Rakajoos Paris is the one of the Moulin Rouge and Montmartre, those popular neighborhoods with festive nightlife. With City of Lights, his first solo exhibition in China at Danysz Shanghai
, the Parisian artist paints an intimate portrait of his city: a realistic Paris, the Paris known for its spectacular parties and its café terraces, which could be described as a restful asylum, like a reassuring case that allows one to take the time to observe the world through the prism of a glass.
Rakajoo's Paris is also the link he maintains with the masters of modern art such as Picasso and Toulouse-Lautrec, to whom he pays a penetrating tribute. Inspired by the image of the City of Lights drawn up before him by these illustrious painters who have marked the history of art and who have fed his inspiration, Rakajoo opens the doors of his intimacy, painting the places that are familiar to him, those in which he grew up, those that he has fantasized about and that are dear to him.
The exhibition City of Lights postulates that Rakajoo, named by Télérama « The Toulouse-Lautrec of Château Rouge [A Parisian District near Montmartre] » in 2021, is indeed part of an artistic filiation with these major artists of modernity. The self-taught artist invites us to dive into the heart of the French capital and unveils new works representing an ode to the City of Lights, which sparkles with a thousand colors of light, echoing the views of Pudong from the famous Bund. Like an obviousness for the painter, who from one city to another carries us by the magic of artificial lights, the analogy between Shanghai and Paris becomes henceforth an evidence.
A multi-faceted artist, Rakajoo excels in the art of composition: his canvas become the support of a true narrative turning the painter into a storyteller. More than venues, he represents atmospheres, realizing oil and acrylic paintings in which he likes to tell stories and lives.
Through City of Lights, the visitor follows the artist in his urban wanderings in the heart of the French capital, crossing a street, taking the subway, or stopping at a café terrace: a philosophy, a typically Parisian way of sharing common living spaces. Each one discovers contemporary scenes of the Parisian daily life, in his works. It is a question there for the artist, of seizing the moment with his brush focusing on the anecdotal and the intimate going beyond the representation of the great spectacle.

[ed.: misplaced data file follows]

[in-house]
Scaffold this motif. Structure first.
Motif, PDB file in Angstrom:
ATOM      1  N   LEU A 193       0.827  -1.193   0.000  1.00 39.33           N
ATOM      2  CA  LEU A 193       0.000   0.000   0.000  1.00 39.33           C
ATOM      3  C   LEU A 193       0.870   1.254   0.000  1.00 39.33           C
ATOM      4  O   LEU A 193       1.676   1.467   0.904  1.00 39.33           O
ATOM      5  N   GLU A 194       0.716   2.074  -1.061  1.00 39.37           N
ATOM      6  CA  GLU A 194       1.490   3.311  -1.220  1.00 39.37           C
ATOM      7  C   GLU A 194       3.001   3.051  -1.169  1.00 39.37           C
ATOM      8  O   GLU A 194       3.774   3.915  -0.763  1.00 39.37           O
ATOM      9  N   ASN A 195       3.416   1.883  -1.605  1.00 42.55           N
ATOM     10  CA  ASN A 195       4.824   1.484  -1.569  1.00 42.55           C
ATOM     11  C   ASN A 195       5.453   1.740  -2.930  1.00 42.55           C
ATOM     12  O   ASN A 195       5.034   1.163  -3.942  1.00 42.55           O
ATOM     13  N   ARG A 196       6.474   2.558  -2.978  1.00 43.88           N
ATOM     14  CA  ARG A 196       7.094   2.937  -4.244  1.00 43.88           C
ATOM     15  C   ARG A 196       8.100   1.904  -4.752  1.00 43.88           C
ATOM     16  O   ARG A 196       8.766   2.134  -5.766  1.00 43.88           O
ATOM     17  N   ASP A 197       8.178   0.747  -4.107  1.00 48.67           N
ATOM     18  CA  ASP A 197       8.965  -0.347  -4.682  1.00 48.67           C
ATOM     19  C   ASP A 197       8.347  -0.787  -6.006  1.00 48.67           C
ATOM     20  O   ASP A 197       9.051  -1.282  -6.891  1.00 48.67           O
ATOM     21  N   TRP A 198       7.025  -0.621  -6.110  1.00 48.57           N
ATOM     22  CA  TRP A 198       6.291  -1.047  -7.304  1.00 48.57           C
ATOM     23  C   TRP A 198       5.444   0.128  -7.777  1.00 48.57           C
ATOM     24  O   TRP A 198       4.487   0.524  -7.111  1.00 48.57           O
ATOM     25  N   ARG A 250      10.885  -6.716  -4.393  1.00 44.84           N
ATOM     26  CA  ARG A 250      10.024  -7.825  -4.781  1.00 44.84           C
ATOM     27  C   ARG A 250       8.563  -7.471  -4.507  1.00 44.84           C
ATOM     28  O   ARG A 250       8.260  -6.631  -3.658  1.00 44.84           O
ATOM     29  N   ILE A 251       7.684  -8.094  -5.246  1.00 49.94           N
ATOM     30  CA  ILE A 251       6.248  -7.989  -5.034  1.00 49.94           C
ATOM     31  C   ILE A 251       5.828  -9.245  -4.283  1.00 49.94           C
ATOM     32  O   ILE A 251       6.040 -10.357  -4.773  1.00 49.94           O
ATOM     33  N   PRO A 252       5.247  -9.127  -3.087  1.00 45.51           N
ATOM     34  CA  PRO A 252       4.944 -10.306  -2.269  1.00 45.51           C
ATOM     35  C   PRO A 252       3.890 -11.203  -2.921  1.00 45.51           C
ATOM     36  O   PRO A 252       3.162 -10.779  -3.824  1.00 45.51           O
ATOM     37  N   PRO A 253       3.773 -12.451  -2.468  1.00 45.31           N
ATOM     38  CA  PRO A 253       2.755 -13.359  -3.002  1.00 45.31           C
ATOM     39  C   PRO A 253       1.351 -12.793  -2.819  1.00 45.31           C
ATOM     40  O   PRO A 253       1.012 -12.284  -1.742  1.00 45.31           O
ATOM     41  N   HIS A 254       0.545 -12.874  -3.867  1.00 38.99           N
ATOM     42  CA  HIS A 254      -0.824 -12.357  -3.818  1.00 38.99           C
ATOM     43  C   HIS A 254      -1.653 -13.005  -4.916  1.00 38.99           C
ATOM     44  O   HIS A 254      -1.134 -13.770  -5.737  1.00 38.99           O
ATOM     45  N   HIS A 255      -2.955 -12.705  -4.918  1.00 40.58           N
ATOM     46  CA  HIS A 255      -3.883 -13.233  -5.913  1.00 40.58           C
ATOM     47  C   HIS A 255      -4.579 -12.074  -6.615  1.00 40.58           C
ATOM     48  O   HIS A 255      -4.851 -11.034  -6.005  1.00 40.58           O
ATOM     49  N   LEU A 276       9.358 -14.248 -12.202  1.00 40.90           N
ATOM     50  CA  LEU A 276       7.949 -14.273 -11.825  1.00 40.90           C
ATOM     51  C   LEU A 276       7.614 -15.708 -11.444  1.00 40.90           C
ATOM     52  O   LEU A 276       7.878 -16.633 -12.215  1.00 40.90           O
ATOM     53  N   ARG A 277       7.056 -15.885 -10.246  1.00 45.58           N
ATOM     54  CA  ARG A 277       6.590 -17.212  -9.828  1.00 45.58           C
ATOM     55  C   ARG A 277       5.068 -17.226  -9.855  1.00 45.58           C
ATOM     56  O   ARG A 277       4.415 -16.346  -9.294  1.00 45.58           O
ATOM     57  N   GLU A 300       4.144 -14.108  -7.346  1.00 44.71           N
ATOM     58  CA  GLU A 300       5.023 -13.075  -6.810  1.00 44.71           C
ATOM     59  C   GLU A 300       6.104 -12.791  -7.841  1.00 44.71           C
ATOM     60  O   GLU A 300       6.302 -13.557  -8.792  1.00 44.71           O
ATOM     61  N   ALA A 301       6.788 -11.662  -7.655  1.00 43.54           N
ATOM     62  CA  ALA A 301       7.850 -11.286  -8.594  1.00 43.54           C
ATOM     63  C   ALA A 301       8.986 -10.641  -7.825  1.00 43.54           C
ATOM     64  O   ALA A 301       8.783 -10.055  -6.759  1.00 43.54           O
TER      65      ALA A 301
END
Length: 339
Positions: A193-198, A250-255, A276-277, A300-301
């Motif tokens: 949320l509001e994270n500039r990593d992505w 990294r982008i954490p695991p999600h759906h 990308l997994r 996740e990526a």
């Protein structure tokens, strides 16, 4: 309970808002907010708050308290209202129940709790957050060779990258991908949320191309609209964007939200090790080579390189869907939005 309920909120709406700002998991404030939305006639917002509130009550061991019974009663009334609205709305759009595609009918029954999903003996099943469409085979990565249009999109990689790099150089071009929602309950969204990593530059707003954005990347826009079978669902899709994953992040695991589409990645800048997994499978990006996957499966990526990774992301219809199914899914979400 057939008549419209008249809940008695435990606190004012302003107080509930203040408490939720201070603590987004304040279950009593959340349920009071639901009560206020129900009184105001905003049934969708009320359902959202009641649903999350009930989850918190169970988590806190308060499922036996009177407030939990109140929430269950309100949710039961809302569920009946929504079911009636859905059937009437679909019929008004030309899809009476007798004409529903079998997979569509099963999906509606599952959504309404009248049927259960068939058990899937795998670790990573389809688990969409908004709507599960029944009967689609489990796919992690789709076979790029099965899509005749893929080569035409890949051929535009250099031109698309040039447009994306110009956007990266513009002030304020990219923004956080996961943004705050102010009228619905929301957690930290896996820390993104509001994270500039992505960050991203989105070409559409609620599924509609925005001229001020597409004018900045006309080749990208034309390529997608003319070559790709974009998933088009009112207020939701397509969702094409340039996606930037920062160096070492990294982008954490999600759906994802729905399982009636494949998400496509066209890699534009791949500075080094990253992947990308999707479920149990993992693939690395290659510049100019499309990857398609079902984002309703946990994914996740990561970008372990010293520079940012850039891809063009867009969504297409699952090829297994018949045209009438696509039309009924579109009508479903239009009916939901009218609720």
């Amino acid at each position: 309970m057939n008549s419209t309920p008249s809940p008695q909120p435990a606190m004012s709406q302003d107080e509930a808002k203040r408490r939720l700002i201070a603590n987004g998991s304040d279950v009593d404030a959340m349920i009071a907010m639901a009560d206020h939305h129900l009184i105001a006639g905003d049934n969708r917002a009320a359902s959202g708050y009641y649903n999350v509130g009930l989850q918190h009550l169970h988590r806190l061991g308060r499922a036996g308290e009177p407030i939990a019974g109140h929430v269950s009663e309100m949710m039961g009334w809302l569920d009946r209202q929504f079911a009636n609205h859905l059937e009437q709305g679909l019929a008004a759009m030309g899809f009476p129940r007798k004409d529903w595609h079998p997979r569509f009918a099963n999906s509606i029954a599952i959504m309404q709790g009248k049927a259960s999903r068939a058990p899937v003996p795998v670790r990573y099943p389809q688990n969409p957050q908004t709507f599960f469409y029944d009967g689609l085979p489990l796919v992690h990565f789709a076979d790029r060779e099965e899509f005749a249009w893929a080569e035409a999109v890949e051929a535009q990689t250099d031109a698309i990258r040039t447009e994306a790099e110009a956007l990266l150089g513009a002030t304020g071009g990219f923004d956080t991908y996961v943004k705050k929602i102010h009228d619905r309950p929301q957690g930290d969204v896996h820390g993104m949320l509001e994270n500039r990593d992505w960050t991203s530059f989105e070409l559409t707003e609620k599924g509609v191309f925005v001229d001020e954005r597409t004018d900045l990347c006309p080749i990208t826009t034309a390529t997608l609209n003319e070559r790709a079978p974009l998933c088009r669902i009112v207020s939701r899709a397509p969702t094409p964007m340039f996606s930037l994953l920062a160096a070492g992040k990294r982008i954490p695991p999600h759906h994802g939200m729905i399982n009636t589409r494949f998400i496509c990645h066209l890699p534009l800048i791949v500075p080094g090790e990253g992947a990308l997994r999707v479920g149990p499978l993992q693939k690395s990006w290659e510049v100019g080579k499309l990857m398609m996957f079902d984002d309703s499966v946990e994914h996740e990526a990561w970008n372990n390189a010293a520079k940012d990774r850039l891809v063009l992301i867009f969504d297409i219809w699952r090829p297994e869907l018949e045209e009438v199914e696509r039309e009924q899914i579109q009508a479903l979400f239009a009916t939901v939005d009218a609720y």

In his monumental work Chemins Croisés, the artist takes us into the mythical Moulin Rouge and we find ourselves in the audience. By the means of his multiple points of escape, he attracts the glance everywhere at once without ever settling. We find ourselves looking for the dancers, following a waiter, then accessing to the most intimate part of the venue: a view of the warm-up in the backstage. Following the example of Toulouse-Lautrec who also immortalized the Moulin Rouge in his unforgettable paintings, Rakajoo makes us fully live the experience. In front of his work, it becomes possible to feel the contagious gaiety of the French Cancan on which the legs of the dancers rise enthusiastically to the rhythm of the lively music.
Nevertheless, while belonging to this French pictorial tradition, he also manages to free himself from it to offer something personal and contemporary. If he walks in the footsteps of his predecessors, if he follows the same places, and claims their legacy with fervor and admiration, Rakajoo does not remain less influenced by the aesthetics of his time by daring to propose an inclusive and innovative form of representation.
Rakajoo graduated from the Art & Image department of Kourtrajmé School, founded by JR and director Ladj Ly. All at once painter, animation designer, author of comics and boxing champion, he realizes in 2018 an exhibition on the theme of sport at the request of the Jean-Luc Lagardère Foundation. Various group exhibitions followed, including one at the Palais de Tokyo in 2020, Jusqu'ici tout va bien. In March 2021, he was invited to hold his first solo exhibition, Les Trois Châteaux, at Danysz gallery.